High Dose Tutoring

Brooklyn LAB personalizes learning with a next-gen platform and two hours of small group tutoring daily (see feature). The middle and high school serves students in the heart of the Brooklyn Tech Triangle. While not considered an alternative school, about 40% of LAB learners have complex needs. Opened in 2017, the high school won an XQ grant.

Fusion Academy, founded in Solano Beach, California, is a network of 52 one-on-one private schools educating middle and high school students with particular attention to social-emotional learning.

Alternative Networks 

The Upstream Collaborative is a project led by Big Picture Learning and supported by the Stuart Foundation to redesign alternative education schools in California. This community of practice includes schools across the state classified as ‘alternative’ and supports strategies that offer students equitable access to deep and sustained learning.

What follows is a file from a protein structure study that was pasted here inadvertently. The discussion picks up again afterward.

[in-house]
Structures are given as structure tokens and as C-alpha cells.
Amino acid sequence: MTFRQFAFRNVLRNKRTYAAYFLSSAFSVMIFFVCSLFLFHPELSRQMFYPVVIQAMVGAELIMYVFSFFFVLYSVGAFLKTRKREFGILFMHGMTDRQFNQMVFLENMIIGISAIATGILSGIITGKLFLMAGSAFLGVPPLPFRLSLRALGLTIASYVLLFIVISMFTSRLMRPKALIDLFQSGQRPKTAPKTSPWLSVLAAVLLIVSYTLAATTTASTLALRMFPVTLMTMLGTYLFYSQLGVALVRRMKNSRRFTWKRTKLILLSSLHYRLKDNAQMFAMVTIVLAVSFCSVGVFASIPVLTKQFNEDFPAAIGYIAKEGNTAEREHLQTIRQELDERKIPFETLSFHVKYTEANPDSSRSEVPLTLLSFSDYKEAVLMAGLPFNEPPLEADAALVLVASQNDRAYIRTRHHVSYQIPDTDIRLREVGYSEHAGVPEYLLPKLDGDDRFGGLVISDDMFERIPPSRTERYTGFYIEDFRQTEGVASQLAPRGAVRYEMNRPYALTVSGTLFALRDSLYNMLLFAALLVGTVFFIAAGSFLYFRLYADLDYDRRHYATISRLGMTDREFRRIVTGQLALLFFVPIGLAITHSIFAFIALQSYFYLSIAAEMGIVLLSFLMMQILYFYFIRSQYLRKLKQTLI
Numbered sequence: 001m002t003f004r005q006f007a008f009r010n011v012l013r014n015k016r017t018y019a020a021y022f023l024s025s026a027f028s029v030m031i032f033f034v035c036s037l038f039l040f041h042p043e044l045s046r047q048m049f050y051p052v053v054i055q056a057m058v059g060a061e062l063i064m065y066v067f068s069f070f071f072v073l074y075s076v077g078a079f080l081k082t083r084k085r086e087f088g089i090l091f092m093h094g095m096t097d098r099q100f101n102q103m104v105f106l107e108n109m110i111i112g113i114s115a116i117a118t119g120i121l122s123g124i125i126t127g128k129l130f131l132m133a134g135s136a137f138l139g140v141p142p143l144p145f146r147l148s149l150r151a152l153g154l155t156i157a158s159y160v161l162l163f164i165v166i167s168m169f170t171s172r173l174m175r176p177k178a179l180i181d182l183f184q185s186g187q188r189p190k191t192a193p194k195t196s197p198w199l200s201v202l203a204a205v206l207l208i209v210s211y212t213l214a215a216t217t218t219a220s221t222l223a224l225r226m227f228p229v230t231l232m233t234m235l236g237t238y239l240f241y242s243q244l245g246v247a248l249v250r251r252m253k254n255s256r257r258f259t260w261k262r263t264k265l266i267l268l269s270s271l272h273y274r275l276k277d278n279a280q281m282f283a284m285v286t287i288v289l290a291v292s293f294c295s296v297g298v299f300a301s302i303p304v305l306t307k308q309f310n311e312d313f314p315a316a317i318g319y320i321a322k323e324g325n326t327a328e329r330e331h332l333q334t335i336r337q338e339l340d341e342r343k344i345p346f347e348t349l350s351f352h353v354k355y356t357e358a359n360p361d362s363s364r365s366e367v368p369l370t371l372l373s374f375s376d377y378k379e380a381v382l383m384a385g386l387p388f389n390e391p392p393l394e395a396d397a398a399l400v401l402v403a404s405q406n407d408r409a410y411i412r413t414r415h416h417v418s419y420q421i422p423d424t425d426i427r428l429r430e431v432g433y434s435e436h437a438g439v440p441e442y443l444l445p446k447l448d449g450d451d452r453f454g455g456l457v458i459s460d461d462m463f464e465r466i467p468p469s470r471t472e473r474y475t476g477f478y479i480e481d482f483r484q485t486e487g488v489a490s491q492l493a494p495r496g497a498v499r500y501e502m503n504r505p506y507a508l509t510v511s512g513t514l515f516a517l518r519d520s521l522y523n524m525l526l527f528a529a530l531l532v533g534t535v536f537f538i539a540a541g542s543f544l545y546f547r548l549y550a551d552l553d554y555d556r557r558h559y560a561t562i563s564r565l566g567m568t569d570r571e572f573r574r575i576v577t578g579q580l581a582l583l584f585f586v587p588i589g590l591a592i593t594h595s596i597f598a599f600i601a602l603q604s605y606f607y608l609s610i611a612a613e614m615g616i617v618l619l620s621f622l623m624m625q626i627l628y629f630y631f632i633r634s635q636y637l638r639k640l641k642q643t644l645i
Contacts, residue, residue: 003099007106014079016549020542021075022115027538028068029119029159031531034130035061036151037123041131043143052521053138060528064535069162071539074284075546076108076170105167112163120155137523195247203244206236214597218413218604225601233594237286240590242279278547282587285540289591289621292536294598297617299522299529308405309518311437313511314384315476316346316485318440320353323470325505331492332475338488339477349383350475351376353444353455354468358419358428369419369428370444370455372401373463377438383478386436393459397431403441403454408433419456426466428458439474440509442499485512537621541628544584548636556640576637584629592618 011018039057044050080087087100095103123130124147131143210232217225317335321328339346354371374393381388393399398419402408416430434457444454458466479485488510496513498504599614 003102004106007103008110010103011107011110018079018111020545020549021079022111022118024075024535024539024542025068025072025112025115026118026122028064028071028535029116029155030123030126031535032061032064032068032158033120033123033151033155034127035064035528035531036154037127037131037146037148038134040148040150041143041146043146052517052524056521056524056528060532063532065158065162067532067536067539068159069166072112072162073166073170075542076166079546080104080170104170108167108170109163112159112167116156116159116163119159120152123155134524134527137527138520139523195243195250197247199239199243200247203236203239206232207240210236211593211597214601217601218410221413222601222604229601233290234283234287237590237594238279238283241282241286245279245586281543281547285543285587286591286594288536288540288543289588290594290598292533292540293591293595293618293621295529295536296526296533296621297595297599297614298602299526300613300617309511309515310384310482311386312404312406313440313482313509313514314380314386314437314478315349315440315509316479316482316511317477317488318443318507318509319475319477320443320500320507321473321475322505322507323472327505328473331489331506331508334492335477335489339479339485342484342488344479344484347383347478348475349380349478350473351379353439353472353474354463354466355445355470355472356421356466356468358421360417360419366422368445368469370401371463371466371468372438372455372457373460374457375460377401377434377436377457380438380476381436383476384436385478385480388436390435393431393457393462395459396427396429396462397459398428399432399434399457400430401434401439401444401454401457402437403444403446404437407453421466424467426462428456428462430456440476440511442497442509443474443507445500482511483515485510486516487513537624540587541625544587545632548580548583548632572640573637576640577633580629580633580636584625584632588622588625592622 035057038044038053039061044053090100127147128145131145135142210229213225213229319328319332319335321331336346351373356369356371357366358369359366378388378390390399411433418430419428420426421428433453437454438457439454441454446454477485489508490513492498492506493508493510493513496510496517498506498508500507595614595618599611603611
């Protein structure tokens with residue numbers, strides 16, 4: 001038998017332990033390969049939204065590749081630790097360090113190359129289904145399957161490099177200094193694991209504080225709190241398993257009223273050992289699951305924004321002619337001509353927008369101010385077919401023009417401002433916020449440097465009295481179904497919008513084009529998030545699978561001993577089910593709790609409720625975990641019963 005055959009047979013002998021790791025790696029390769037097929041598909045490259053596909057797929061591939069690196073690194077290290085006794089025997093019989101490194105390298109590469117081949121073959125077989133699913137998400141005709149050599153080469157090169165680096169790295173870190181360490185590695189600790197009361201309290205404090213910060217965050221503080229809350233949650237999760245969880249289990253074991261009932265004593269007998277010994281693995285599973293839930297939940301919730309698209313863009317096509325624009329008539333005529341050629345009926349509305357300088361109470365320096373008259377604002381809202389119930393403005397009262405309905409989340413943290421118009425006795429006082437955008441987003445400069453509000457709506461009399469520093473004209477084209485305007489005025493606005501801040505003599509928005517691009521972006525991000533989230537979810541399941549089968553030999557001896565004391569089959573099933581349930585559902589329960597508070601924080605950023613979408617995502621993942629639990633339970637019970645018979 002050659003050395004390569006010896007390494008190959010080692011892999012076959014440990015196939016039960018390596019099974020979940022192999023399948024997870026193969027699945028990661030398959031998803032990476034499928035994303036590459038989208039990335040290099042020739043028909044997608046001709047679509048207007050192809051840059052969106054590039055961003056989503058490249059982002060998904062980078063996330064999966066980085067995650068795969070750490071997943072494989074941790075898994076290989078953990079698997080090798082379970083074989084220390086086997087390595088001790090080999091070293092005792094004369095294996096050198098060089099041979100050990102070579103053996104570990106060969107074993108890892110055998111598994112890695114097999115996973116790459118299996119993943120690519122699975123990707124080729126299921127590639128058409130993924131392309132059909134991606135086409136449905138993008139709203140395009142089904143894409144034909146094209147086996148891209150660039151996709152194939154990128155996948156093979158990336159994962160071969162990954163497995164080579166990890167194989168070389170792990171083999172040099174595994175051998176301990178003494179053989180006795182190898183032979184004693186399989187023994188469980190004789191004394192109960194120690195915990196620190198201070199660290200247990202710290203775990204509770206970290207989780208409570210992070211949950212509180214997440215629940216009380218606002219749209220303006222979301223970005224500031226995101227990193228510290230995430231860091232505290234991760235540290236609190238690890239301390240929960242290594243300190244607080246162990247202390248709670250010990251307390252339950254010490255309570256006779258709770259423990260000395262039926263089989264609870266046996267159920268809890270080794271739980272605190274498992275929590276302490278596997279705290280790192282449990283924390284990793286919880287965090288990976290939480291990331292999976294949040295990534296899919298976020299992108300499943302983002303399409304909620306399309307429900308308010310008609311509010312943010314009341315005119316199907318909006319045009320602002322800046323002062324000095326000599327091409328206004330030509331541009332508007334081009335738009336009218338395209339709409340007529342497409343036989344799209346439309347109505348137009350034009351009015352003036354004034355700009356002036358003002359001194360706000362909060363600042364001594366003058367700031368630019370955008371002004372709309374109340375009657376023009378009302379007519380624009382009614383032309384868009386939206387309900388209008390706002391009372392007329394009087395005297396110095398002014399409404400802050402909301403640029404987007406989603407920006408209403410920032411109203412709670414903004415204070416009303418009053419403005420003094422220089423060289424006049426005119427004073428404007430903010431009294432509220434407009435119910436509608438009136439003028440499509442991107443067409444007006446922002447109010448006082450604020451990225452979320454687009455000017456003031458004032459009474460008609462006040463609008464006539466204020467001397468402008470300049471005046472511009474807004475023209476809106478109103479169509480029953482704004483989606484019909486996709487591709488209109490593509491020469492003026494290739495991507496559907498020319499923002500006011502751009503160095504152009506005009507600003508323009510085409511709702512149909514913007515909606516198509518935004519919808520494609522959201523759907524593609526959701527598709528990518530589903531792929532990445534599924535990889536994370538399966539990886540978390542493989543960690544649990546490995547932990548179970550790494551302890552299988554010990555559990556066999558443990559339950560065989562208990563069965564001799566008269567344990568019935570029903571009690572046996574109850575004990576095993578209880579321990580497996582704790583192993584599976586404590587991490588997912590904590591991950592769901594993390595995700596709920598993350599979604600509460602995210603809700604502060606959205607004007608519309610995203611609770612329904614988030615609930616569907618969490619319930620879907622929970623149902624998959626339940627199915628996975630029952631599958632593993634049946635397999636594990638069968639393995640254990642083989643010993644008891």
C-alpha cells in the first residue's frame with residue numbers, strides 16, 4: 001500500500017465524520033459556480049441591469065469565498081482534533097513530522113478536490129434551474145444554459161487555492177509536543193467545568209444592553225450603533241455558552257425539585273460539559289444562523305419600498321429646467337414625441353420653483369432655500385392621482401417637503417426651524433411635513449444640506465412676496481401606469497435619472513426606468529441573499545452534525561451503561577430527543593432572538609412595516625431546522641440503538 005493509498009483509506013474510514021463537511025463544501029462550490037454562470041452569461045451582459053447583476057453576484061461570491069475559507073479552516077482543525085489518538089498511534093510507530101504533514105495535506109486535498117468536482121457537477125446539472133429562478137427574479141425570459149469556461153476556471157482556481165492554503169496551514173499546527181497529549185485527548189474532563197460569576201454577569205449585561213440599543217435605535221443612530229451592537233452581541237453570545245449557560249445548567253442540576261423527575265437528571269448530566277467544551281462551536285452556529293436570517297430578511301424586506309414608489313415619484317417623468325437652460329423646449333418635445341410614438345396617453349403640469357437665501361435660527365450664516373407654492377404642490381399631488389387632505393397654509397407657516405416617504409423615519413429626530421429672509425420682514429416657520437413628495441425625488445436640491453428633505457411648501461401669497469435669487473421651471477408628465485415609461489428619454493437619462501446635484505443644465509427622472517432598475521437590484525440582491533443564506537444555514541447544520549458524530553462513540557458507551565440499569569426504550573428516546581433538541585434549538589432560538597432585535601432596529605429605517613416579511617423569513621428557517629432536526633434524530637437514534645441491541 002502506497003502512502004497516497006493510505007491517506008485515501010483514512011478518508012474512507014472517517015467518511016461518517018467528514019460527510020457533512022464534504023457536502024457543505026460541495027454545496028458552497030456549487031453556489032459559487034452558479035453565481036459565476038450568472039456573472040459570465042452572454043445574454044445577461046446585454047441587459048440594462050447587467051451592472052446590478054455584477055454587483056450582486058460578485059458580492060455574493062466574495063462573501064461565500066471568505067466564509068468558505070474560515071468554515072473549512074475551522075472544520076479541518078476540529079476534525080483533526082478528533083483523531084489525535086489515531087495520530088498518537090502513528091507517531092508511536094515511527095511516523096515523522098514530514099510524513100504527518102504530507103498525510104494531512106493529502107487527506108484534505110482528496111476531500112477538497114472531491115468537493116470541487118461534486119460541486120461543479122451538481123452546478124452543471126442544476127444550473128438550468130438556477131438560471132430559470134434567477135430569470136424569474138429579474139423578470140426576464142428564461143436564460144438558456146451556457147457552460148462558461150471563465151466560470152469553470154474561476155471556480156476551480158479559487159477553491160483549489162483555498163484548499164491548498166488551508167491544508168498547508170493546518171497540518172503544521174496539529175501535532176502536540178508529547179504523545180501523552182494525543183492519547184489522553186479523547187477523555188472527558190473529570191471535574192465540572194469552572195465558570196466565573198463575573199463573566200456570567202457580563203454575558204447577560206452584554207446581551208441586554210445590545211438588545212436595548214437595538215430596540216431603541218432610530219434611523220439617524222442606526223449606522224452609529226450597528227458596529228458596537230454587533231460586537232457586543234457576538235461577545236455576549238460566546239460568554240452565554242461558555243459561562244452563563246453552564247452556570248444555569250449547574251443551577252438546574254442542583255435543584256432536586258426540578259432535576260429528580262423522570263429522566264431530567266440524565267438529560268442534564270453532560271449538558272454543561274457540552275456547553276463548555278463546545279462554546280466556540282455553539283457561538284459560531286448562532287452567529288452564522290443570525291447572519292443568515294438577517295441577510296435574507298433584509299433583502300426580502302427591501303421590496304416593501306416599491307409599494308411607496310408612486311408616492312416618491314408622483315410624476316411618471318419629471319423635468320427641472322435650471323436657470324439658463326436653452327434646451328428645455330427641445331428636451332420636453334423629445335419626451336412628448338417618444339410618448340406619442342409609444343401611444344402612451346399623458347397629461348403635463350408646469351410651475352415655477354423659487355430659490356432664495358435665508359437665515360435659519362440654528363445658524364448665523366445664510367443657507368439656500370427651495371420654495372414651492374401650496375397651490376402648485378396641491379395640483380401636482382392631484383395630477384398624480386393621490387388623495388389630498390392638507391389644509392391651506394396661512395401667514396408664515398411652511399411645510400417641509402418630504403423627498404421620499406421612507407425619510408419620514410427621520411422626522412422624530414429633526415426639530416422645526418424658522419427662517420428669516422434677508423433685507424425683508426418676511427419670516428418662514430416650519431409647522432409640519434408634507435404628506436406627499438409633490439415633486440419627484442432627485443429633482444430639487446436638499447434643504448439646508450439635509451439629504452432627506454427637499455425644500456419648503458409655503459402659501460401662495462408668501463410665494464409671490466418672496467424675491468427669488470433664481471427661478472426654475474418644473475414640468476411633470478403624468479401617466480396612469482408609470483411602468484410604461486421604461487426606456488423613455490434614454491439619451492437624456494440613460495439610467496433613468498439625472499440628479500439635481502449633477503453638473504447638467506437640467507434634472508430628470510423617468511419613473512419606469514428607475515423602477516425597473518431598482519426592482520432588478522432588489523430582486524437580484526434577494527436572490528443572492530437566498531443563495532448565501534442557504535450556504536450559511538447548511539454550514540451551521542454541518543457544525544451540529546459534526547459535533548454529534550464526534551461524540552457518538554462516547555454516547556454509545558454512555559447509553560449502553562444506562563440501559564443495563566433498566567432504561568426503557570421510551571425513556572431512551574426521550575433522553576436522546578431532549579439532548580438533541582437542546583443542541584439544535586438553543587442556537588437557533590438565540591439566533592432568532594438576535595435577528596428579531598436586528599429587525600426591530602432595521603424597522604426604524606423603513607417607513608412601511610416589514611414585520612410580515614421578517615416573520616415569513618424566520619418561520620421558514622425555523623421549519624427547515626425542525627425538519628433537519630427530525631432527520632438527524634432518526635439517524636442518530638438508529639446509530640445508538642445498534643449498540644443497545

Another Big Picture partnership in a high-challenge community is Vaux High School. Big Picture works with the School District of Philadelphia, the local housing authority, the teacher’s union, Community College of Philadelphia, and youth and family services. Ninth graders take a Real World Learning class to gain work-ready competencies and they start internships in tenth grade. Students present public products at exhibitions at the end of each semester.

The Internationals Network for Public Schools serves immigrant youth who are new to learning the English language. The 29-school network integrates language development and academic content while building student and family capacity for integration into American society (featured on CompetencyWorks and EdSource).